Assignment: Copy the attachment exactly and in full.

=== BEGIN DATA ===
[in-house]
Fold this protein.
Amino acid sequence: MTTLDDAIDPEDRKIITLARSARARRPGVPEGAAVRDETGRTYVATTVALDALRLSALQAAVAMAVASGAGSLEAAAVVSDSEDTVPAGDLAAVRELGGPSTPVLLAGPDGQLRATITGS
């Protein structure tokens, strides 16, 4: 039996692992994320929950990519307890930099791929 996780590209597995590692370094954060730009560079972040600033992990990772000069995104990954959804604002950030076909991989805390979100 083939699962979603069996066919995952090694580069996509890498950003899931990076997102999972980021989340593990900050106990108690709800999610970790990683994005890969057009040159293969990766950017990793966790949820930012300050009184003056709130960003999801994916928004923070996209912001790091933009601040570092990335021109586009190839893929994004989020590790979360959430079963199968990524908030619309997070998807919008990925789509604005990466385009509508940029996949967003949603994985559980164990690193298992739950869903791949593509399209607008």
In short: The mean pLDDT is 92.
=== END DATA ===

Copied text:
[in-house]
Fold this protein.
Amino acid sequence: MTTLDDAIDPEDRKIITLARSARARRPGVPEGAAVRDETGRTYVATTVALDALRLSALQAAVAMAVASGAGSLEAAAVVSDSEDTVPAGDLAAVRELGGPSTPVLLAGPDGQLRATITGS
């Protein structure tokens, strides 16, 4: 039996692992994320929950990519307890930099791929 996780590209597995590692370094954060730009560079972040600033992990990772000069995104990954959804604002950030076909991989805390979100 083939699962979603069996066919995952090694580069996509890498950003899931990076997102999972980021989340593990900050106990108690709800999610970790990683994005890969057009040159293969990766950017990793966790949820930012300050009184003056709130960003999801994916928004923070996209912001790091933009601040570092990335021109586009190839893929994004989020590790979360959430079963199968990524908030619309997070998807919008990925789509604005990466385009509508940029996949967003949603994985559980164990690193298992739950869903791949593509399209607008």
In short: The mean pLDDT is 92.